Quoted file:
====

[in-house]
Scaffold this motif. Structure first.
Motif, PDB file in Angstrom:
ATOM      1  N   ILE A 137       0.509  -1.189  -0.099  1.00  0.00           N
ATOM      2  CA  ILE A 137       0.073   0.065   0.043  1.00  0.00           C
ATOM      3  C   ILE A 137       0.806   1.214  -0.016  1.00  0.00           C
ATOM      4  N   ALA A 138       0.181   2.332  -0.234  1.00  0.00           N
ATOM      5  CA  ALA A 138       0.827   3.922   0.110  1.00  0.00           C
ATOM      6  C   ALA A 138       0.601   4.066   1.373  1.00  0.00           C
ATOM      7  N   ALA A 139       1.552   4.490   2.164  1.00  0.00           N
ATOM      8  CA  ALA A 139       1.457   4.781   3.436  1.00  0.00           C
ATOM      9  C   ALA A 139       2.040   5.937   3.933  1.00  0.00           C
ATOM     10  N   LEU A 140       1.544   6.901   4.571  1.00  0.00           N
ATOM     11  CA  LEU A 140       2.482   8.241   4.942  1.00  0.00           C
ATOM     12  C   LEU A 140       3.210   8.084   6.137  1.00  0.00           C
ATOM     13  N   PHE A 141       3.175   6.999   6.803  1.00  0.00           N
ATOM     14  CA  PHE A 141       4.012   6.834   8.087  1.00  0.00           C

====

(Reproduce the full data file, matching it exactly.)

[in-house]
Scaffold this motif. Structure first.
Motif, PDB file in Angstrom:
ATOM      1  N   ILE A 137       0.509  -1.189  -0.099  1.00  0.00           N
ATOM      2  CA  ILE A 137       0.073   0.065   0.043  1.00  0.00           C
ATOM      3  C   ILE A 137       0.806   1.214  -0.016  1.00  0.00           C
ATOM      4  N   ALA A 138       0.181   2.332  -0.234  1.00  0.00           N
ATOM      5  CA  ALA A 138       0.827   3.922   0.110  1.00  0.00           C
ATOM      6  C   ALA A 138       0.601   4.066   1.373  1.00  0.00           C
ATOM      7  N   ALA A 139       1.552   4.490   2.164  1.00  0.00           N
ATOM      8  CA  ALA A 139       1.457   4.781   3.436  1.00  0.00           C
ATOM      9  C   ALA A 139       2.040   5.937   3.933  1.00  0.00           C
ATOM     10  N   LEU A 140       1.544   6.901   4.571  1.00  0.00           N
ATOM     11  CA  LEU A 140       2.482   8.241   4.942  1.00  0.00           C
ATOM     12  C   LEU A 140       3.210   8.084   6.137  1.00  0.00           C
ATOM     13  N   PHE A 141       3.175   6.999   6.803  1.00  0.00           N
ATOM     14  CA  PHE A 141       4.012   6.834   8.087  1.00  0.00           C